When Mark’s mom (Uncle Bill’s sister) died about 15 years ago, I gave the tearful eulogy. As I recall, he was the first person to come up to me afterward and give me a hug. I will never forget his kindness.

So in the span of 48 hours, I have reasons to weep over loss and verb tense change. We are on our way to Ohio for the services. I have Kleenex, family, memories and my Jesus to see my through.

9 thoughts on “When things change, sometimes it hurts

  1. Cindy, I'm so sorry for both losses. At NCSU we are in the midst of a financial hail-storm ourselves, waiting on pins and needles to see who gets the boot. I know God is in control and that's what gives me peace, and I know that will bring you peace as well. Love and prayers.

  2. We *are* a non-profit, as well. The gas company just rang the doorbell to tell us the gas will be turned off today if we don't pay the bill. Oh well, who needs the heat in the summer? Sooo… we don't have employees because 'we is them' (do ya like that grammar?) Anyway, non-profits everywhere are suffering. We know that first hand.I am sad for your change in status, but you have passion and giftedness. Painful though it is, God has ways of moving people from one place to another.I will look forward to hearing about the exciting things that He has planned for you! I am confident that you have a bright future!

  3. Dear mama Cindy,I am so sorry that you lost your job and your Uncle Bill. I will be praying for you and I love you so much! Love, your peruvian daughterIsaiah 40:31.

  4. I'm afraid we are all too familiar with your situation. Eddie's been "let go" 3x now. I know it's hard for both of your situations. The negative/hard emotions of a job loss on top of the grief of a loved one who has left us is a lot to deal with. It was the first time Eddie got the boot that we had just miscarried. A few months later we found out we were pregnant with Erynn. That had the potential for fear to creep in… As much emotion as you are dealing with now, it's a great time to see the LORD. We can usually see HIM most clearly when we are in distress. Look for HIS hand in your situations; it is there. Knowing what I know of you, you will come away with a greater appreciation for HIM and who HE is. And don't forget that what you do does not determine your worth. It's who you are. I believe you are the LORD's funny bone ;o). Love ya.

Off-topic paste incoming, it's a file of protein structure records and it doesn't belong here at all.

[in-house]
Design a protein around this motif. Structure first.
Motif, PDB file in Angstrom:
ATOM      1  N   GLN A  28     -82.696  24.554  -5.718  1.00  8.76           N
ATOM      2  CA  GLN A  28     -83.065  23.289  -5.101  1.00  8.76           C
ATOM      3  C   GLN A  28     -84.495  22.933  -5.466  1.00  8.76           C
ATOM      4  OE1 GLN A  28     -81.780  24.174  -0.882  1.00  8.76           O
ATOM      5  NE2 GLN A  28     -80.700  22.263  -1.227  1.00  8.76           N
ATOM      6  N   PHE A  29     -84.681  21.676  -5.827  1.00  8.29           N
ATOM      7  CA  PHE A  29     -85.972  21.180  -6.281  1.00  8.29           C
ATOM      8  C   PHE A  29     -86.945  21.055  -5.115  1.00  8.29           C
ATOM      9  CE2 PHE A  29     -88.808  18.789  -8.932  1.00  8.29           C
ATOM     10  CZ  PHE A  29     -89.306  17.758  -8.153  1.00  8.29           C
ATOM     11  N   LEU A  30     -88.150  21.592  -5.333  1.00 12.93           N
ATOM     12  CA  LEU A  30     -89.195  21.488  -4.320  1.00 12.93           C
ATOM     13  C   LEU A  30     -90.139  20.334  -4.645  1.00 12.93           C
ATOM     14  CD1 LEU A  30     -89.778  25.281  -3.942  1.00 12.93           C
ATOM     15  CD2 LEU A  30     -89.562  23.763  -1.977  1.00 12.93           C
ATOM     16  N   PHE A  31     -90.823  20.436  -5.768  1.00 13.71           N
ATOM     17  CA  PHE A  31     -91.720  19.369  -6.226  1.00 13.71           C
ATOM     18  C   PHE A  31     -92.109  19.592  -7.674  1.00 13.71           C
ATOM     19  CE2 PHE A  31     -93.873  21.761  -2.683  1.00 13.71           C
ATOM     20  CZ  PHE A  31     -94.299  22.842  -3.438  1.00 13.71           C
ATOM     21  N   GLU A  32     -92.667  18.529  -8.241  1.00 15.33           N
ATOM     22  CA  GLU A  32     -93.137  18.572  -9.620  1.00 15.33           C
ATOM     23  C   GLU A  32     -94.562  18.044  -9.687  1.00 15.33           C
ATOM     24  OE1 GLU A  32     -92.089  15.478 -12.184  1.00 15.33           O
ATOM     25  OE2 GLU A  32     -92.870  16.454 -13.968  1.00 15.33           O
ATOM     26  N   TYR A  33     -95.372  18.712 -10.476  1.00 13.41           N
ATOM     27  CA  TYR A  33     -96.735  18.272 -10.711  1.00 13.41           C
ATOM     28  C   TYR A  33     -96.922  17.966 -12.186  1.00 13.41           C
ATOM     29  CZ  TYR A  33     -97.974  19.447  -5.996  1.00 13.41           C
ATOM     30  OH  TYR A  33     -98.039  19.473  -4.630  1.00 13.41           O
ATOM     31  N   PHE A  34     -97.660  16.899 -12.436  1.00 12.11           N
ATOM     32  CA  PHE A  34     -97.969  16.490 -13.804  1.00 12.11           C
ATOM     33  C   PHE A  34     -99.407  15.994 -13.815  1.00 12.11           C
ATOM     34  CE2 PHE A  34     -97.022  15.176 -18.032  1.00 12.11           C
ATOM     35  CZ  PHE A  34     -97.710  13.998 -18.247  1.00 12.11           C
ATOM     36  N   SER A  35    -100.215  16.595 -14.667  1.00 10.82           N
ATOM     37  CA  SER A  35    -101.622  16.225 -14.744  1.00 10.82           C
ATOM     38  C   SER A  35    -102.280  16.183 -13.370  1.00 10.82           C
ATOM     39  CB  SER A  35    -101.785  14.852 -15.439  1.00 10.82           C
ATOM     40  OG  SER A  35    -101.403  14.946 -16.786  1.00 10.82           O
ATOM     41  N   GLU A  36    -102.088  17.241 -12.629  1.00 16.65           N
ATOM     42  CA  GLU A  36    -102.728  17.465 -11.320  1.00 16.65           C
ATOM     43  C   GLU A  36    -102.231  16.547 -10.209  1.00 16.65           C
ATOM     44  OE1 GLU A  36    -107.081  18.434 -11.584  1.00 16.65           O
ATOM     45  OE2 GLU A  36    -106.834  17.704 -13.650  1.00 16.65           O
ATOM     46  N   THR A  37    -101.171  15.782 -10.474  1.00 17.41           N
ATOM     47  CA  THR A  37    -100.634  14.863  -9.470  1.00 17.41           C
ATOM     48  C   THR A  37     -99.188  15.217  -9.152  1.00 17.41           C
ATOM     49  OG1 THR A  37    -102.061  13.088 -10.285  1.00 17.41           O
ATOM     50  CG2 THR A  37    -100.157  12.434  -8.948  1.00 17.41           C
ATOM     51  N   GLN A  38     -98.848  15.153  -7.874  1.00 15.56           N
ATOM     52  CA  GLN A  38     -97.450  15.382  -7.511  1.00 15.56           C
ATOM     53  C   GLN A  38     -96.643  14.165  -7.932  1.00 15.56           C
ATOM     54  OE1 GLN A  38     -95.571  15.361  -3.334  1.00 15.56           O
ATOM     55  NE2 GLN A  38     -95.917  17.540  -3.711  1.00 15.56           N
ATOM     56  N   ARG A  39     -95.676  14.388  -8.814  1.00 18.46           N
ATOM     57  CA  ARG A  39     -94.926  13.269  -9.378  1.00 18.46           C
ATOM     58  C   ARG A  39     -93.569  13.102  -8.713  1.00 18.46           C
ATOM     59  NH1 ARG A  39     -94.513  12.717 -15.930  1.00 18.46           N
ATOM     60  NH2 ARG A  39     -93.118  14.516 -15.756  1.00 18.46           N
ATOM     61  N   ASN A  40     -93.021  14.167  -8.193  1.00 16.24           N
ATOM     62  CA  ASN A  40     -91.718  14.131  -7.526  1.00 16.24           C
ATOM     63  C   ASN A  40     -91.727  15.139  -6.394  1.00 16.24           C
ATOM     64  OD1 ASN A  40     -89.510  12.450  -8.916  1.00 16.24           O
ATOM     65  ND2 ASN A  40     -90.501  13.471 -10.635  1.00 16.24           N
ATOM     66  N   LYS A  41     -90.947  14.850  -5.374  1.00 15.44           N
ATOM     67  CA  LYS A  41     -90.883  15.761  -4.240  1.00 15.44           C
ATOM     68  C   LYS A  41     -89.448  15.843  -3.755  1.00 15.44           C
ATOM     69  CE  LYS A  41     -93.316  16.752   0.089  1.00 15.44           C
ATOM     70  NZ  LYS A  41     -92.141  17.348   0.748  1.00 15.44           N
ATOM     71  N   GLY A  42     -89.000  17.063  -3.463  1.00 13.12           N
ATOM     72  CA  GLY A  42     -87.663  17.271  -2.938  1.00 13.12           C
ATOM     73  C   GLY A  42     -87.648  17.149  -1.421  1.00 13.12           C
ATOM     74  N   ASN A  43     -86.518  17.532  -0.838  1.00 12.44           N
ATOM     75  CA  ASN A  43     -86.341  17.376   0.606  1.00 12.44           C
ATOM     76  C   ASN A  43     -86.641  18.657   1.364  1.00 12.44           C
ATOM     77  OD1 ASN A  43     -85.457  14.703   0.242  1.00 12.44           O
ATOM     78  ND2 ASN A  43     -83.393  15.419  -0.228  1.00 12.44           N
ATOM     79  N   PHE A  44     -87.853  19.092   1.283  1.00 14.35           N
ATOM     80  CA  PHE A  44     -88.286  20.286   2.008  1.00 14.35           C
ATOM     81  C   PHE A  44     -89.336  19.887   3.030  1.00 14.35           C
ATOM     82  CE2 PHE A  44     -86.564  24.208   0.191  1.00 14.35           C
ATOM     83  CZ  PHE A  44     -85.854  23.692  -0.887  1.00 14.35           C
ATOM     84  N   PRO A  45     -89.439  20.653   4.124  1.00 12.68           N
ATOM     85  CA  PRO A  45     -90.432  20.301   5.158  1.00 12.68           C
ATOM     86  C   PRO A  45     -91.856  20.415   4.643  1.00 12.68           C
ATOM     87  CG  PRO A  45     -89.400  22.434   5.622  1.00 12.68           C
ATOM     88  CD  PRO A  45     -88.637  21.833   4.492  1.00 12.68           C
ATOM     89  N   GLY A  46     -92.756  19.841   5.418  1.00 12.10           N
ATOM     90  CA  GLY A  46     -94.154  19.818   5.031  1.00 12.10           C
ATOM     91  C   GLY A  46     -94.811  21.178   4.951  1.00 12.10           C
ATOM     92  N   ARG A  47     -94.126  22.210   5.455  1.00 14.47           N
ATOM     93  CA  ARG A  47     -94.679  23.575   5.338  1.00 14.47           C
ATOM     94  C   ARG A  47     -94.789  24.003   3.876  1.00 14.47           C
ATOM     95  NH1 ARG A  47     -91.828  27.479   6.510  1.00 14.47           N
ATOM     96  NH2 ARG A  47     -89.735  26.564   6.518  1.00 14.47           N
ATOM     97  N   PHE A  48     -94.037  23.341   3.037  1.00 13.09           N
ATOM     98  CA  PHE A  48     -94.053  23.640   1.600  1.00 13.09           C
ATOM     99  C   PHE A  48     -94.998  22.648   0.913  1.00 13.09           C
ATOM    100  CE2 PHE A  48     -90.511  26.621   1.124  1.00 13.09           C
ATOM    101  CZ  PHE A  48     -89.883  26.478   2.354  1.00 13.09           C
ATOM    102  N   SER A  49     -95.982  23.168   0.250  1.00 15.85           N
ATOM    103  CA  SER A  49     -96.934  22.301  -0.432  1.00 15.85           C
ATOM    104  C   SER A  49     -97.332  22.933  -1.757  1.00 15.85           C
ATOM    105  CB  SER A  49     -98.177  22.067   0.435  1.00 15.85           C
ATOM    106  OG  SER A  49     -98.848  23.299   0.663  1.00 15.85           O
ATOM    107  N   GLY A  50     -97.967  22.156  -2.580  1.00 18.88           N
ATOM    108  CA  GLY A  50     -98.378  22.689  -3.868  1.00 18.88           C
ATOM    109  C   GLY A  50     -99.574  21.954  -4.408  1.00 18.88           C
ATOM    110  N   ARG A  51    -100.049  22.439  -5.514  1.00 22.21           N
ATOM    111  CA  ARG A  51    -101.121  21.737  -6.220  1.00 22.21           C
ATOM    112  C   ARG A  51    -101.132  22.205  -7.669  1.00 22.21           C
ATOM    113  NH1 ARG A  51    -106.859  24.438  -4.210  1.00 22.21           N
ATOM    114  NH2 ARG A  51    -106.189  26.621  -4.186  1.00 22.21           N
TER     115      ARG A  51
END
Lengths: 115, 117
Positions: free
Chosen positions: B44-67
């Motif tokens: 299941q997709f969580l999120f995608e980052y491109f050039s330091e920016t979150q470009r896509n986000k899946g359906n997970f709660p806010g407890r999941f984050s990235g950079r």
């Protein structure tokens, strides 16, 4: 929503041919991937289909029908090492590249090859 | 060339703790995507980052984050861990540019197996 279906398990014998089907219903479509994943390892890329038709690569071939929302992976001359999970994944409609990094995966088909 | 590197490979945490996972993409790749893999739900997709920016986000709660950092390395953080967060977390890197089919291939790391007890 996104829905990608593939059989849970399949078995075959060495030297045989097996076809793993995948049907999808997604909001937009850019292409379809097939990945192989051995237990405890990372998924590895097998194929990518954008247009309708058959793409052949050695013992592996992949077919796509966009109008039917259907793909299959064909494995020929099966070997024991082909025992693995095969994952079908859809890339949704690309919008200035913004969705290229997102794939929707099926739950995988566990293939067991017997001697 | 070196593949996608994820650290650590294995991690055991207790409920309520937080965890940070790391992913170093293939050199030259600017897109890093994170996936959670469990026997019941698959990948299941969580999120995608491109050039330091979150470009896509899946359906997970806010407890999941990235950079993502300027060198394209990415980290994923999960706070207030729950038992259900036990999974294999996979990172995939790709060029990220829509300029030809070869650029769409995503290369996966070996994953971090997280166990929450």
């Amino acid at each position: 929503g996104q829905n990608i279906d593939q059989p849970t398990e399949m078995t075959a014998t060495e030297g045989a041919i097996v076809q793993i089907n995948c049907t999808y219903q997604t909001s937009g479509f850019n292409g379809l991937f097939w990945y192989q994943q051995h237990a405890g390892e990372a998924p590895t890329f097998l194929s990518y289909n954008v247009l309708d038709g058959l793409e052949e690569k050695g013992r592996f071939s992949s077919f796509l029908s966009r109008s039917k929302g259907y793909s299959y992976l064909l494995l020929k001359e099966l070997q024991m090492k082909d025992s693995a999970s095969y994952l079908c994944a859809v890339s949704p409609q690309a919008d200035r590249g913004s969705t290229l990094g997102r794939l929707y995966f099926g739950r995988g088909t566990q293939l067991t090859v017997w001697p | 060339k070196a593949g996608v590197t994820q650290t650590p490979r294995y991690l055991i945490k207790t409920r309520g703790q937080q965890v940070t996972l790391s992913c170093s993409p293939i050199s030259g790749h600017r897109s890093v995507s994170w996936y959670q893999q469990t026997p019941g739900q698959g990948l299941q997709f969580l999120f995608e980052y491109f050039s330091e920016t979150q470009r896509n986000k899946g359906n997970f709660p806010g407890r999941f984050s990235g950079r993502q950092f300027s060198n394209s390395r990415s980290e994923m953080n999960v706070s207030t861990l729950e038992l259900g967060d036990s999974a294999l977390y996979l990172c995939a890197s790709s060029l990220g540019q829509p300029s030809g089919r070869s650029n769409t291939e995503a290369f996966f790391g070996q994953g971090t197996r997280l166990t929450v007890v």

5. …and "tear duct!" What a combination!I have seen you shed many a tear for others and the Lord collects those because they are precious to him – evidence of a soft and yielding heart. I have seen you laugh as well when you see the hilarity of a situation God has put you in or before you. I believe as the Body of Christ, we are in a time of shifting and rearranging. This doesn't have to be a bad thing. It may even be a better thing. Many of us may find ourselves being led into a new "field." If our Shepherd leads us, His sheep, into a new field (or new thing), it is because he has his best in mind for us. Rejoice! The Lord is good and His mercy endures forever!

  6. Oh Cindy, I am so sorry for your losses. How precious to know that God owns the cattle on a thousand hills … and then some! 😉 And that He does provide for our needs. He also has a passion for your passion and I can't wait to see where he is going to plug you in!! I pray that the rest of your travel for the funeral is peaceful and full of hope. Our trip to NC just happened to be delayed – we'll be there next week. Still hope to see you? With Love in Christ Jesus~

  7. A commencement of sorts it seems to me. One thing ends, another begins. I bet Lil'Mama will come out on top. And I also bet God is not through with you yet. And by the way, did you make that table runner? It is beautiful!Love you and appreciate all you do everyday!Jenn's Mom ~ Susan